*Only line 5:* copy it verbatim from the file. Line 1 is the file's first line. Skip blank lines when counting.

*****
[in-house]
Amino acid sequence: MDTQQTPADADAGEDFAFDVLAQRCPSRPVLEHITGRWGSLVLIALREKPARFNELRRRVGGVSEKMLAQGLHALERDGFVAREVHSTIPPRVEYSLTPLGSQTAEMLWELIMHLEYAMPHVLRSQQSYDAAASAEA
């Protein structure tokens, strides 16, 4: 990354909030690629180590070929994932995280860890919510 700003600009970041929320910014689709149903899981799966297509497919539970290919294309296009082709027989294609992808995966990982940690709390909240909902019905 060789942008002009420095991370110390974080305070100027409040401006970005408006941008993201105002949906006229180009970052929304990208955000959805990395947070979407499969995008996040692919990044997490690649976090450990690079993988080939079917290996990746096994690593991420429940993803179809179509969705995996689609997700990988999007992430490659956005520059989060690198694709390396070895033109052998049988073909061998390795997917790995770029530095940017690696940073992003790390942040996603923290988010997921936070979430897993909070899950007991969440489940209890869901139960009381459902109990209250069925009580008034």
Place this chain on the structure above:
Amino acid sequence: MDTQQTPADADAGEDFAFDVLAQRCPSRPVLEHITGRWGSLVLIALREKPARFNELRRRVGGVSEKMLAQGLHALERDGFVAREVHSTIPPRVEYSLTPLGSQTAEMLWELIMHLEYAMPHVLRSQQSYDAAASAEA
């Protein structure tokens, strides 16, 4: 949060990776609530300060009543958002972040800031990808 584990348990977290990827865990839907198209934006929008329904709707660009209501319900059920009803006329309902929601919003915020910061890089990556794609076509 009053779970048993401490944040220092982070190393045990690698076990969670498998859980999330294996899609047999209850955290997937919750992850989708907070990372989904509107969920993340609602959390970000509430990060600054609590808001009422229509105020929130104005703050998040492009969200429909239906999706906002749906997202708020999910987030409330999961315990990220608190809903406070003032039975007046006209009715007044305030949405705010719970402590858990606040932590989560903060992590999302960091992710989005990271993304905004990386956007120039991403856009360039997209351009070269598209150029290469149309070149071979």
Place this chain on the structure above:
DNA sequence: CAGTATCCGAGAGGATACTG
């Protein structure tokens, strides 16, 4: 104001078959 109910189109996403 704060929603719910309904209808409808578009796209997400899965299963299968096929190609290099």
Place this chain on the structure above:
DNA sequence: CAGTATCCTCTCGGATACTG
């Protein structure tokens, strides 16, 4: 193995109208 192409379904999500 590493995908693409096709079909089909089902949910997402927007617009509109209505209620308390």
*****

Amino acid sequence: MDTQQTPADADAGEDFAFDVLAQRCPSRPVLEHITGRWGSLVLIALREKPARFNELRRRVGGVSEKMLAQGLHALERDGFVAREVHSTIPPRVEYSLTPLGSQTAEMLWELIMHLEYAMPHVLRSQQSYDAAASAEA